Lidia Joanna Geringer de Oedenberg (PSE), author. – (PL) Mr President, more and more frequently, alarming information is reaching us from North Korea about widespread infringements of human rights. The intimidation of citizens, torture and public executions have become part of the miserable everyday existence of the country, not to mention the restrictions on freedom of speech or religious faith.
Numerous witnesses testify that more than 200 000 people could be held in Korean forced labour camps. Prisoners are subject to torture, and live in inconceivable conditions. All opposition and resistance to the governing Korean Workers’ Party is firmly put down, and punishment is meted out not only to the oppositionists, but also to their entire families. The death penalty, which is still used in North Korea, is imposed mainly for political reasons. Local media are censored, and access to international media is extremely limited.
Besides the political situation, the economic situation is also very difficult in North Korea. The local population is escaping to China en masse, not only because of political repression, but also because of growing problems relating to hunger. Against a background of general shortages, the authorities are distributing food in such a way that high-ranking party and military officials are favoured, and ordinary citizens are missed out. The North Korean Government consistently refuses to allow access to the country for United Nations observers or for non-governmental organisations working in defence of human rights. What is more, Korea completely ignores the recommendations of the United Nations Human Rights Committee.
Given the lack of any kind of will or cooperation on the part of the North Korean Government, the international community cannot sit back and watch as individual lives and human dignity are disregarded in the country. We have to react to the current situation in the country in order to force the North Korean Government to respect basic human rights, and at least as a first step to open the borders for independent international organisations willing to provide humanitarian aid to the local population.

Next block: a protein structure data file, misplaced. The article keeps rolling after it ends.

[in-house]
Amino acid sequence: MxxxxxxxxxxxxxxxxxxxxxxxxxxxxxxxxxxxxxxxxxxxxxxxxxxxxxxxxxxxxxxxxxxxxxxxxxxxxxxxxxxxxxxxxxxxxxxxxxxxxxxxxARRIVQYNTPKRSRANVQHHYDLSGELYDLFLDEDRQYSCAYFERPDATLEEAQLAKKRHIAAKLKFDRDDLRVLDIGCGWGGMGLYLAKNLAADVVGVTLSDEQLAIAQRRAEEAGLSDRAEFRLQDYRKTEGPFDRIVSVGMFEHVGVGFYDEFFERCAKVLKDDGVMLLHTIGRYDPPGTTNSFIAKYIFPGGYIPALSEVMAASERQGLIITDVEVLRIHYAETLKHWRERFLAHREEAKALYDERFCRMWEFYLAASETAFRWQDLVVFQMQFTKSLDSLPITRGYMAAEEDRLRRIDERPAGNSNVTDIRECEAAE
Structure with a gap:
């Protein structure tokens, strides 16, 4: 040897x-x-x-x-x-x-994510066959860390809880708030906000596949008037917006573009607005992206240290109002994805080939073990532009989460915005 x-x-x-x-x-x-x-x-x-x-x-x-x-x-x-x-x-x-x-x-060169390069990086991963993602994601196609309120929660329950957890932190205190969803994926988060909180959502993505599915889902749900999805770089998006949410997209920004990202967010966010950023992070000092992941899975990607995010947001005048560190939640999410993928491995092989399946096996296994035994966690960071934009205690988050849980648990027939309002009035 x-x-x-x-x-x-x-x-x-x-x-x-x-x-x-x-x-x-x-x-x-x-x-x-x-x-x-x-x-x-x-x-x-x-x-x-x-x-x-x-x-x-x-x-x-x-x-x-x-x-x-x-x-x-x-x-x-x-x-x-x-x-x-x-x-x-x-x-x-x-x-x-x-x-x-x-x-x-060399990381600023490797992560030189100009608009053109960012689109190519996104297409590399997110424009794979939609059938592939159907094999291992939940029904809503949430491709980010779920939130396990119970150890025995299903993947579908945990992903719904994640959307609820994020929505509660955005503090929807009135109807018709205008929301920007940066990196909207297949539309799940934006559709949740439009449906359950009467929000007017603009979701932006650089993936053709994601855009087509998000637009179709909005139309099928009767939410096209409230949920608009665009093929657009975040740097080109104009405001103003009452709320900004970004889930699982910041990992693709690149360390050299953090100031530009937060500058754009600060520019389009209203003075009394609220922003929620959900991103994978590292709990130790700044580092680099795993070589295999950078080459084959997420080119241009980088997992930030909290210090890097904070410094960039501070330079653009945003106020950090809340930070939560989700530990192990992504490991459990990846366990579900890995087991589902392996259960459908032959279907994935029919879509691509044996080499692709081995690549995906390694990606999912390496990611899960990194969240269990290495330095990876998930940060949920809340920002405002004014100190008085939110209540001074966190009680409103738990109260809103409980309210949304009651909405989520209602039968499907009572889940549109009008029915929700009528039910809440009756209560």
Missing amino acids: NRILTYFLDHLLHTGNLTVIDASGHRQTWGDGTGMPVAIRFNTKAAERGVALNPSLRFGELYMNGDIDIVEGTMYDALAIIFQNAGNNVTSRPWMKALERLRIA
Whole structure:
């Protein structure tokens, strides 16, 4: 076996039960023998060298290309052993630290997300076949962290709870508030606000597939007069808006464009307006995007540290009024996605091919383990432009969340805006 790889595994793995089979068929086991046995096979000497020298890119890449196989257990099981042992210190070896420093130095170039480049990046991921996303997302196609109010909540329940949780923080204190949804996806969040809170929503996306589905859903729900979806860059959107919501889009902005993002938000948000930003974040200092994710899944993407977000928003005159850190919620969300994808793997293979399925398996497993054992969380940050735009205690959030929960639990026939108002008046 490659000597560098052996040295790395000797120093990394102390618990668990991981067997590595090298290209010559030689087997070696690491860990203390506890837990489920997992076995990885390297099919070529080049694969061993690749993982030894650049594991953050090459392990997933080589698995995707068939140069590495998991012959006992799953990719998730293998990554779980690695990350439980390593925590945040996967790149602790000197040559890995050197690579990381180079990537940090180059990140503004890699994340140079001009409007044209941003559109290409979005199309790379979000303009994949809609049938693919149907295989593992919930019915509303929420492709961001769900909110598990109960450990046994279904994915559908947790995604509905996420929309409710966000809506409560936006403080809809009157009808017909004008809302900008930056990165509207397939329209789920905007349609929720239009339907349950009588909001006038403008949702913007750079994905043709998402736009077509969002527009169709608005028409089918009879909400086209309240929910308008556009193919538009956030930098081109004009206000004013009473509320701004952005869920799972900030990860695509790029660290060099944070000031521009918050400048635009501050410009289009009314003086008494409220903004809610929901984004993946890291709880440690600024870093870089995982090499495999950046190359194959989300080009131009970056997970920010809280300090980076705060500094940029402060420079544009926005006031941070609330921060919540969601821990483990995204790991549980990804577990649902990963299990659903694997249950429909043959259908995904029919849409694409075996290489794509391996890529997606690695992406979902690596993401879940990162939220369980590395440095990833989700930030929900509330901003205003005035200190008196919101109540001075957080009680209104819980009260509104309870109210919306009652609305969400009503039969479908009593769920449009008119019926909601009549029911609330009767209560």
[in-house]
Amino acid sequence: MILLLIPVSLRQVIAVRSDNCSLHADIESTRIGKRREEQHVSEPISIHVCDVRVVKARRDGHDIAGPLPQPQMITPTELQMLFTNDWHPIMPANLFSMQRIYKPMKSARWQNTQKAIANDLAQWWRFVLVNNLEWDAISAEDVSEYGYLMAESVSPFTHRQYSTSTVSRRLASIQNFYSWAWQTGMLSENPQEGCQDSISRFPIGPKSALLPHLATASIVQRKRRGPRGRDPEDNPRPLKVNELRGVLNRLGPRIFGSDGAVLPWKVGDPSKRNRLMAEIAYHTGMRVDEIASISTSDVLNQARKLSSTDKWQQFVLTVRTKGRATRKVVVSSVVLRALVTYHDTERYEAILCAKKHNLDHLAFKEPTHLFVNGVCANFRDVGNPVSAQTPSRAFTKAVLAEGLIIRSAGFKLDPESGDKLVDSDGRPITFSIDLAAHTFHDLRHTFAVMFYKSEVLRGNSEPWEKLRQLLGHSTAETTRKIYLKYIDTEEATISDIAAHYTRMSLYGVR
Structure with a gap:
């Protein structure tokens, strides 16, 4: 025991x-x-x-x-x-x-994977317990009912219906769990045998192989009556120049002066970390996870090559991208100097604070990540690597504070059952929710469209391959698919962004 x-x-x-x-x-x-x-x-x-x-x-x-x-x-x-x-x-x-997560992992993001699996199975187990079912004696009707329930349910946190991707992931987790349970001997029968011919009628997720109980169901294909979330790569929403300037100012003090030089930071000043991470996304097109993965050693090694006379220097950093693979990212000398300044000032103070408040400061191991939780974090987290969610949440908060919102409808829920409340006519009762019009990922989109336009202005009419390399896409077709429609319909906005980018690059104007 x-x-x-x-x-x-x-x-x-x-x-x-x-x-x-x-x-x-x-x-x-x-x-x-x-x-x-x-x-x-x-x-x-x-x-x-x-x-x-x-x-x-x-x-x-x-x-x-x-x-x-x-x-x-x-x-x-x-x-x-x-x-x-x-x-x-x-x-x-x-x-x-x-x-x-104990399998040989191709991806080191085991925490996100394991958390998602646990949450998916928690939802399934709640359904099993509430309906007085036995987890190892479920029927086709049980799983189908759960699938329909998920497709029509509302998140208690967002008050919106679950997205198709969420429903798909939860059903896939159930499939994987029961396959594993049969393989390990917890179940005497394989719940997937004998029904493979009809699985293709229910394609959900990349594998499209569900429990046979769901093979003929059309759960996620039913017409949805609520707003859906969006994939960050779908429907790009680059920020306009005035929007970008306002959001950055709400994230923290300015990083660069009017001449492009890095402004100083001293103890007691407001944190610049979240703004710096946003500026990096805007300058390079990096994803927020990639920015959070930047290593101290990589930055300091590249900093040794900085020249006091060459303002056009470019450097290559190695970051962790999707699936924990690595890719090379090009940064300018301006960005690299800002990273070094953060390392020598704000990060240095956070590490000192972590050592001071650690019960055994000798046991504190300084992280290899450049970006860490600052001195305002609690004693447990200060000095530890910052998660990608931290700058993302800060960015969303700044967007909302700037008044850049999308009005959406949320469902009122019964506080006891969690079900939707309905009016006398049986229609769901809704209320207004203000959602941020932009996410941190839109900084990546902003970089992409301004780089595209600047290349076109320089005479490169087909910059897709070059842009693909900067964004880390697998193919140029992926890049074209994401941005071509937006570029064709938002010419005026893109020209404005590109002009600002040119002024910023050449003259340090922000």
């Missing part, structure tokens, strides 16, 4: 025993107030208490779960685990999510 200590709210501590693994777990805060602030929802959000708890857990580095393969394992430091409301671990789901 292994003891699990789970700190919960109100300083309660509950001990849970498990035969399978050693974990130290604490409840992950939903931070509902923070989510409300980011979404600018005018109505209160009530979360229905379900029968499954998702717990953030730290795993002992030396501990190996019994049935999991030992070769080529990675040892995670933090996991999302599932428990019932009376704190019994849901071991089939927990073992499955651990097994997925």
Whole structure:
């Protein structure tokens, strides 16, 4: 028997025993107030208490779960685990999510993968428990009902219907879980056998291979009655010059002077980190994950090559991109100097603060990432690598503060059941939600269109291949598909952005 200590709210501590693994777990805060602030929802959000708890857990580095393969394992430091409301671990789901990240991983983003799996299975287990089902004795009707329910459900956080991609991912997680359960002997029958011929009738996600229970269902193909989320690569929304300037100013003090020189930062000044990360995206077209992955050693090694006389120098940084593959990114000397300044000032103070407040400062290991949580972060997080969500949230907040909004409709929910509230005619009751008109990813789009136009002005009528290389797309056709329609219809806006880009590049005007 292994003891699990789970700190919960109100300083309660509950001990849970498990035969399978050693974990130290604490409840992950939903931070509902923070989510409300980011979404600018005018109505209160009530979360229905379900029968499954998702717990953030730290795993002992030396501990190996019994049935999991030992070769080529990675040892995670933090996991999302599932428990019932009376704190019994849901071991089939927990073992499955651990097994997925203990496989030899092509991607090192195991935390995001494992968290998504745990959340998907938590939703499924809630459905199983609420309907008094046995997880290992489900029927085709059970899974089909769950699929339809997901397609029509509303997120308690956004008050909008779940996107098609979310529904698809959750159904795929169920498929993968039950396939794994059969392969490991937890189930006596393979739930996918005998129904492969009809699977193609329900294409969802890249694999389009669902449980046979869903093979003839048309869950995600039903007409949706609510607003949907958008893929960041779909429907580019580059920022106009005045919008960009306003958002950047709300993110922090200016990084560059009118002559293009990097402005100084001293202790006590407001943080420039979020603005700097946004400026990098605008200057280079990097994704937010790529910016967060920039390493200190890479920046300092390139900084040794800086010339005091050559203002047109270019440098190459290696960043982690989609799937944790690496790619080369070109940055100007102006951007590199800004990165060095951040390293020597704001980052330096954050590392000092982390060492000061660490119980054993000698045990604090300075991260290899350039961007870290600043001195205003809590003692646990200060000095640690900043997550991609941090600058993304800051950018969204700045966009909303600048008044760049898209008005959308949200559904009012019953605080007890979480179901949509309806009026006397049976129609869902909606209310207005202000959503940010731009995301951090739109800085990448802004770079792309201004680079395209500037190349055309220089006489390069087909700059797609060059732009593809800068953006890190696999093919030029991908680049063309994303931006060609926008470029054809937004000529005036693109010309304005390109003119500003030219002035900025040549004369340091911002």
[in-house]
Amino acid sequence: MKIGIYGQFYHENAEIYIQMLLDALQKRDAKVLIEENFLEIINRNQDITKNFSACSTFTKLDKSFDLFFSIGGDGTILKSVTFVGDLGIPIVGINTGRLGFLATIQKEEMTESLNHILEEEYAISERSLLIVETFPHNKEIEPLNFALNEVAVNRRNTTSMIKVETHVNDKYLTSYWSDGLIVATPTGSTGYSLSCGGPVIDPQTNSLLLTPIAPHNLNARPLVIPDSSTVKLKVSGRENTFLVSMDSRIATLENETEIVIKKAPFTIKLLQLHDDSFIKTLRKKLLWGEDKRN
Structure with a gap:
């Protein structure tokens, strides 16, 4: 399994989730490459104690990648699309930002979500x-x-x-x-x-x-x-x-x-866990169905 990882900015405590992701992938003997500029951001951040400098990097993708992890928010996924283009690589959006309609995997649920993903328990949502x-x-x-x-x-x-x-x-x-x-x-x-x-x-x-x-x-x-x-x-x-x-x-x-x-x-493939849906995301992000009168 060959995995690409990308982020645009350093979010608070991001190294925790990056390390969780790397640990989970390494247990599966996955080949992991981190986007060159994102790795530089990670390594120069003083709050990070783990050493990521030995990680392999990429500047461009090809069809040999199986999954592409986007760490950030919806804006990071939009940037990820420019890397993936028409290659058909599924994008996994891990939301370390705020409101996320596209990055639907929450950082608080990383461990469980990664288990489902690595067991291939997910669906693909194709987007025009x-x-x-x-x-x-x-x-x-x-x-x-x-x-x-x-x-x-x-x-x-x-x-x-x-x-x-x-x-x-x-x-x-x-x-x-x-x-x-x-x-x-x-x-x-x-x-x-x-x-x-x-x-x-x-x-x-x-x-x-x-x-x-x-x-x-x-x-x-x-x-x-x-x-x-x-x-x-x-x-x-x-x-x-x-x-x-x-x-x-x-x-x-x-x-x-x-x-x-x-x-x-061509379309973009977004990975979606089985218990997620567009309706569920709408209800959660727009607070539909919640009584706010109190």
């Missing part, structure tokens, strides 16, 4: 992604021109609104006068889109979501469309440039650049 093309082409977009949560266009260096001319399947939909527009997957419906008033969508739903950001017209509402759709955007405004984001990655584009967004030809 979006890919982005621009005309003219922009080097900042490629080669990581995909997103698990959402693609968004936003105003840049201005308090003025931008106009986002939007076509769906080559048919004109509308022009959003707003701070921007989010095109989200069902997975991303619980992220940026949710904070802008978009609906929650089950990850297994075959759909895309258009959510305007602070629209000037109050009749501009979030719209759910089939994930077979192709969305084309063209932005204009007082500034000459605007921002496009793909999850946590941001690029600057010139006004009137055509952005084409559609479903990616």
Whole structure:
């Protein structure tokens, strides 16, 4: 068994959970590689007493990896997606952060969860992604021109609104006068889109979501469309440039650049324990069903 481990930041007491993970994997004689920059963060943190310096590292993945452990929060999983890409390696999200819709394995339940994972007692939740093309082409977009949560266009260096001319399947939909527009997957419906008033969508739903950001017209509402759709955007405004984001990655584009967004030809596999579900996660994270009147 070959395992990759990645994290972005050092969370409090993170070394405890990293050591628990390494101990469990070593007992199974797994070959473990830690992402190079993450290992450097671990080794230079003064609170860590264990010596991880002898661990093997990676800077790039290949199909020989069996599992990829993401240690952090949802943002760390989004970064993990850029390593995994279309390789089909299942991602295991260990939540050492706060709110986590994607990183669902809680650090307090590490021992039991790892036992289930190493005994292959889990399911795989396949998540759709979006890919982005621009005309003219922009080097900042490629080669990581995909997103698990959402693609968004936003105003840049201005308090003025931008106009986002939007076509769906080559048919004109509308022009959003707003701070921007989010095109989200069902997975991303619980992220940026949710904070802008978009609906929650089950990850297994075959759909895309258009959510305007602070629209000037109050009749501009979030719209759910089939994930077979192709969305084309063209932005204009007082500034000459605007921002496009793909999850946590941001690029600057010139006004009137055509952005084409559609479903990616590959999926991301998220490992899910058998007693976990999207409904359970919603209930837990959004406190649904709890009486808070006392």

Bernd Posselt (PPE-DE), author. – (DE) Mr President, the situation in North Korea, if one thinks about it at all, appears depressing and hopeless, but I find myself having, time and time again, to think back 25 years to the days when I was a young assistant in this House and was fortunate enough to have had a hand in the first resolution – which was in support of Charter 77. There were three MEPs who worked very hard at the time to bring it about: Klaus Hänsch, who is still a Member here; Otto von Habsburg and Jiří Pelikán, who used to sit as an MEP for Italy.
Today, we find ourselves debating human rights under the chairmanship of a Czech president, with a Czech Commissioner, the Iron Curtain – not least thanks to the courage of the peoples of Central and Eastern Europe – having disappeared some 15 or 16 years ago. That should strengthen us to hold fast to the truth that the inhuman communist regime in North Korea must disappear as well, and that it will do so.
Along with Cuba and a few others, it is among the last Communist terror regimes on earth, and we should deploy all peaceful means of exerting pressure – whether political or economic – in working towards the overthrow of this Communist dynasty and its repressive system, towards the release of the campaigners for freedom and resistance fighters in it, of whom there are over 200 000, for these people – who want nothing more than to practice a religion or to express their opinions freely – to be able to enjoy freedom of conscience, and the setting at liberty of those persons from Japan, South Korea and many other countries, who, on the flimsiest of pretexts, have been locked up in North Korea. In the case of many of them, it is not known whether they are still alive, and an urgent enquiry needs to be made in order to find out where these individuals are; that is the very least that this regime must do.
It is for that reason that I would like to make it clear that we are right to make the demand contained in the motion for a resolution, namely that we should resume the human rights dialogue with this country that was suspended in 2003 and that we should ask the Commission and the Council to conduct, in that context, in-depth conversations on human rights. We in this House, though, have, over and above that, the task of exerting massive pressure and of ensuring that the response to this is not in the form of words alone, but also of deeds and of the necessary political and economic pressure.